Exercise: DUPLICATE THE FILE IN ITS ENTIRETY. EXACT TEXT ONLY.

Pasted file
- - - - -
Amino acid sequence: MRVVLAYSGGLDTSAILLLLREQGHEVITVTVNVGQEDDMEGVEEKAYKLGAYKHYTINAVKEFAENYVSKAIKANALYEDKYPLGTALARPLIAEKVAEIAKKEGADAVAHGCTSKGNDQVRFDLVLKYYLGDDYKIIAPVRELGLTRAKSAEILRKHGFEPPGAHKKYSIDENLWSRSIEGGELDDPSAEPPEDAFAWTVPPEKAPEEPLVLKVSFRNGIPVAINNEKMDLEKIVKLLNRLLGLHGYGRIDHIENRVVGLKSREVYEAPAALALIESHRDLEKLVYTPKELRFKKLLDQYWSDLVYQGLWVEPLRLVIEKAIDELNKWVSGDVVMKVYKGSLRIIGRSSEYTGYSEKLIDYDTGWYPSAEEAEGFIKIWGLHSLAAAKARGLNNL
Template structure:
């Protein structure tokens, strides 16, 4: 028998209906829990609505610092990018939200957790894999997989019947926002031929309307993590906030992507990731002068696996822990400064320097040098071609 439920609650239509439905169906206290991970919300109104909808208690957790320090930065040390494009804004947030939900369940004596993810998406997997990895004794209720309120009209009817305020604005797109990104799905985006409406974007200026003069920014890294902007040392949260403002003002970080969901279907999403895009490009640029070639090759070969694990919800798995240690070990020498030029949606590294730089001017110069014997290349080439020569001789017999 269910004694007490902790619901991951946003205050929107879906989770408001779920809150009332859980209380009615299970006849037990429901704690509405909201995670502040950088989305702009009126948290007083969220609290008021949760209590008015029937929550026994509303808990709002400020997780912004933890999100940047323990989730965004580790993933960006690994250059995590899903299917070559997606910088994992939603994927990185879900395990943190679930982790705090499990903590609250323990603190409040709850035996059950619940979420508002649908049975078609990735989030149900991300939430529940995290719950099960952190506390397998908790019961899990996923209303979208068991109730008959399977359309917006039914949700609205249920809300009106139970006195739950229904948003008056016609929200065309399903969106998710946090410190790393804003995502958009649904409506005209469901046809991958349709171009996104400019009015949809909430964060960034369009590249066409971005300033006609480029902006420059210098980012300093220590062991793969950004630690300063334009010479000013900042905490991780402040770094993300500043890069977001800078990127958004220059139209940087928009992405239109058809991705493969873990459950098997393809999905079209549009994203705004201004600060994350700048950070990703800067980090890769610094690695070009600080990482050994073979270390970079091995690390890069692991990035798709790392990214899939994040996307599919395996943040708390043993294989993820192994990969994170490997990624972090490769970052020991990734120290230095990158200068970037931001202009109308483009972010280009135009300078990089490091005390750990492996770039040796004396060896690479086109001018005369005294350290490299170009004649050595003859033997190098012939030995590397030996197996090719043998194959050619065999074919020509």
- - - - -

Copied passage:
Amino acid sequence: MRVVLAYSGGLDTSAILLLLREQGHEVITVTVNVGQEDDMEGVEEKAYKLGAYKHYTINAVKEFAENYVSKAIKANALYEDKYPLGTALARPLIAEKVAEIAKKEGADAVAHGCTSKGNDQVRFDLVLKYYLGDDYKIIAPVRELGLTRAKSAEILRKHGFEPPGAHKKYSIDENLWSRSIEGGELDDPSAEPPEDAFAWTVPPEKAPEEPLVLKVSFRNGIPVAINNEKMDLEKIVKLLNRLLGLHGYGRIDHIENRVVGLKSREVYEAPAALALIESHRDLEKLVYTPKELRFKKLLDQYWSDLVYQGLWVEPLRLVIEKAIDELNKWVSGDVVMKVYKGSLRIIGRSSEYTGYSEKLIDYDTGWYPSAEEAEGFIKIWGLHSLAAAKARGLNNL
Template structure:
């Protein structure tokens, strides 16, 4: 028998209906829990609505610092990018939200957790894999997989019947926002031929309307993590906030992507990731002068696996822990400064320097040098071609 439920609650239509439905169906206290991970919300109104909808208690957790320090930065040390494009804004947030939900369940004596993810998406997997990895004794209720309120009209009817305020604005797109990104799905985006409406974007200026003069920014890294902007040392949260403002003002970080969901279907999403895009490009640029070639090759070969694990919800798995240690070990020498030029949606590294730089001017110069014997290349080439020569001789017999 269910004694007490902790619901991951946003205050929107879906989770408001779920809150009332859980209380009615299970006849037990429901704690509405909201995670502040950088989305702009009126948290007083969220609290008021949760209590008015029937929550026994509303808990709002400020997780912004933890999100940047323990989730965004580790993933960006690994250059995590899903299917070559997606910088994992939603994927990185879900395990943190679930982790705090499990903590609250323990603190409040709850035996059950619940979420508002649908049975078609990735989030149900991300939430529940995290719950099960952190506390397998908790019961899990996923209303979208068991109730008959399977359309917006039914949700609205249920809300009106139970006195739950229904948003008056016609929200065309399903969106998710946090410190790393804003995502958009649904409506005209469901046809991958349709171009996104400019009015949809909430964060960034369009590249066409971005300033006609480029902006420059210098980012300093220590062991793969950004630690300063334009010479000013900042905490991780402040770094993300500043890069977001800078990127958004220059139209940087928009992405239109058809991705493969873990459950098997393809999905079209549009994203705004201004600060994350700048950070990703800067980090890769610094690695070009600080990482050994073979270390970079091995690390890069692991990035798709790392990214899939994040996307599919395996943040708390043993294989993820192994990969994170490997990624972090490769970052020991990734120290230095990158200068970037931001202009109308483009972010280009135009300078990089490091005390750990492996770039040796004396060896690479086109001018005369005294350290490299170009004649050595003859033997190098012939030995590397030996197996090719043998194959050619065999074919020509």